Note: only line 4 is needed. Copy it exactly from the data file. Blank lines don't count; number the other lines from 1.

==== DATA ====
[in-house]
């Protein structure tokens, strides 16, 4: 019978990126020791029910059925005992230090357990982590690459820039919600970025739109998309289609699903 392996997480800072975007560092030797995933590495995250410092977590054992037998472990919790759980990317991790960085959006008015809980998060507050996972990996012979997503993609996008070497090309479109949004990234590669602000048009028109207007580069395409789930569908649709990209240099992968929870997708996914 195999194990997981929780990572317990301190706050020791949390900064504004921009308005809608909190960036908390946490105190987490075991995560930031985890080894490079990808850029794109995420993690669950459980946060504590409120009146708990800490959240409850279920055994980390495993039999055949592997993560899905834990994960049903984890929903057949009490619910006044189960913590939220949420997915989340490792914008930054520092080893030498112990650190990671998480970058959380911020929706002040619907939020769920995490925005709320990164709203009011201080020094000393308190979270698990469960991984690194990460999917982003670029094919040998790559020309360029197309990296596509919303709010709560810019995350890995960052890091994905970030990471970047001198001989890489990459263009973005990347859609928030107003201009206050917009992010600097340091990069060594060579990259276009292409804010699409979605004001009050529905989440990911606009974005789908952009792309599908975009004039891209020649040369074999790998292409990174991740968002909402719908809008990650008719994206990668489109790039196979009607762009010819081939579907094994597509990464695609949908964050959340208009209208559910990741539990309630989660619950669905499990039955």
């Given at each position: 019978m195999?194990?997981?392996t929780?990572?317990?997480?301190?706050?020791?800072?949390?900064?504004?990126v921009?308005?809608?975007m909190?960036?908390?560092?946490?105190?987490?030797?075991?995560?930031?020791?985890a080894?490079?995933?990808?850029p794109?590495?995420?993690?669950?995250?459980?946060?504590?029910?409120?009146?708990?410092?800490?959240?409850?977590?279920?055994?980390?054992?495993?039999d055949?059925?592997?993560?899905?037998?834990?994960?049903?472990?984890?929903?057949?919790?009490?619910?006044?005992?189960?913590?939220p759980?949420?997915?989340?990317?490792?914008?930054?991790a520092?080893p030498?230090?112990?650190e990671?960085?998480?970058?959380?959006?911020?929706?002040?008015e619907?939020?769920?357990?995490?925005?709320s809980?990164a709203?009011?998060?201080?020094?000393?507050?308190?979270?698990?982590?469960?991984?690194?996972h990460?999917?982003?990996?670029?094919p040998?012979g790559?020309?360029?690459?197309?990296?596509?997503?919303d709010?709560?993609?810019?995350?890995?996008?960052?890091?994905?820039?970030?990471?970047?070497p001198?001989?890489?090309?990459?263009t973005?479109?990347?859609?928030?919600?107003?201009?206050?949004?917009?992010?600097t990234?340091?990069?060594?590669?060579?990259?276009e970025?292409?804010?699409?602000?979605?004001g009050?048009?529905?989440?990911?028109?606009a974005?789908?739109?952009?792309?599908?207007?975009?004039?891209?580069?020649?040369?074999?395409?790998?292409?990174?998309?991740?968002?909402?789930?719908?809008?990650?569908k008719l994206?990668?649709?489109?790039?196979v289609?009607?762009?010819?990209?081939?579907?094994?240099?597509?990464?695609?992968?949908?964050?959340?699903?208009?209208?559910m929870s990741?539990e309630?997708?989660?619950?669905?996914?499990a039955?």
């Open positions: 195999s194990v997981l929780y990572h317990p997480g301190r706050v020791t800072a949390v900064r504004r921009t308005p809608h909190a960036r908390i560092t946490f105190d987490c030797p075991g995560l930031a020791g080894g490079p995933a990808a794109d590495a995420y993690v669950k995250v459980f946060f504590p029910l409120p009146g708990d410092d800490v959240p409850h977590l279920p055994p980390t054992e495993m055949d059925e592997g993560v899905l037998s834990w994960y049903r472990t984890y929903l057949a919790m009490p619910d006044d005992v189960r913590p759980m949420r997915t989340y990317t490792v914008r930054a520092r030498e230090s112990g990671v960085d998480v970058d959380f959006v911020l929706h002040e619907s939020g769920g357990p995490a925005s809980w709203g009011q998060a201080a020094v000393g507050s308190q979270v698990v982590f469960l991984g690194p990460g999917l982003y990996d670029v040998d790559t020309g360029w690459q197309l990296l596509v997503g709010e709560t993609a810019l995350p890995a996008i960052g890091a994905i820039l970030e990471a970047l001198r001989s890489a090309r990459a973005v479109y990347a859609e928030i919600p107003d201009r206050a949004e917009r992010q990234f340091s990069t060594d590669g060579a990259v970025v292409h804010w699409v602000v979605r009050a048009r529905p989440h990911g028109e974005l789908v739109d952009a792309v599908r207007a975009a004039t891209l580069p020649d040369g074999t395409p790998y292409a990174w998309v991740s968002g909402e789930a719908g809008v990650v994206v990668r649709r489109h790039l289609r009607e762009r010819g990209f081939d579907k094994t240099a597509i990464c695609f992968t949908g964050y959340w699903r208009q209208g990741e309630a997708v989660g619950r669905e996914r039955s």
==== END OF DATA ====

């Open positions: 195999s194990v997981l929780y990572h317990p997480g301190r706050v020791t800072a949390v900064r504004r921009t308005p809608h909190a960036r908390i560092t946490f105190d987490c030797p075991g995560l930031a020791g080894g490079p995933a990808a794109d590495a995420y993690v669950k995250v459980f946060f504590p029910l409120p009146g708990d410092d800490v959240p409850h977590l279920p055994p980390t054992e495993m055949d059925e592997g993560v899905l037998s834990w994960y049903r472990t984890y929903l057949a919790m009490p619910d006044d005992v189960r913590p759980m949420r997915t989340y990317t490792v914008r930054a520092r030498e230090s112990g990671v960085d998480v970058d959380f959006v911020l929706h002040e619907s939020g769920g357990p995490a925005s809980w709203g009011q998060a201080a020094v000393g507050s308190q979270v698990v982590f469960l991984g690194p990460g999917l982003y990996d670029v040998d790559t020309g360029w690459q197309l990296l596509v997503g709010e709560t993609a810019l995350p890995a996008i960052g890091a994905i820039l970030e990471a970047l001198r001989s890489a090309r990459a973005v479109y990347a859609e928030i919600p107003d201009r206050a949004e917009r992010q990234f340091s990069t060594d590669g060579a990259v970025v292409h804010w699409v602000v979605r009050a048009r529905p989440h990911g028109e974005l789908v739109d952009a792309v599908r207007a975009a004039t891209l580069p020649d040369g074999t395409p790998y292409a990174w998309v991740s968002g909402e789930a719908g809008v990650v994206v990668r649709r489109h790039l289609r009607e762009r010819g990209f081939d579907k094994t240099a597509i990464c695609f992968t949908g964050y959340w699903r208009q209208g990741e309630a997708v989660g619950r669905e996914r039955s």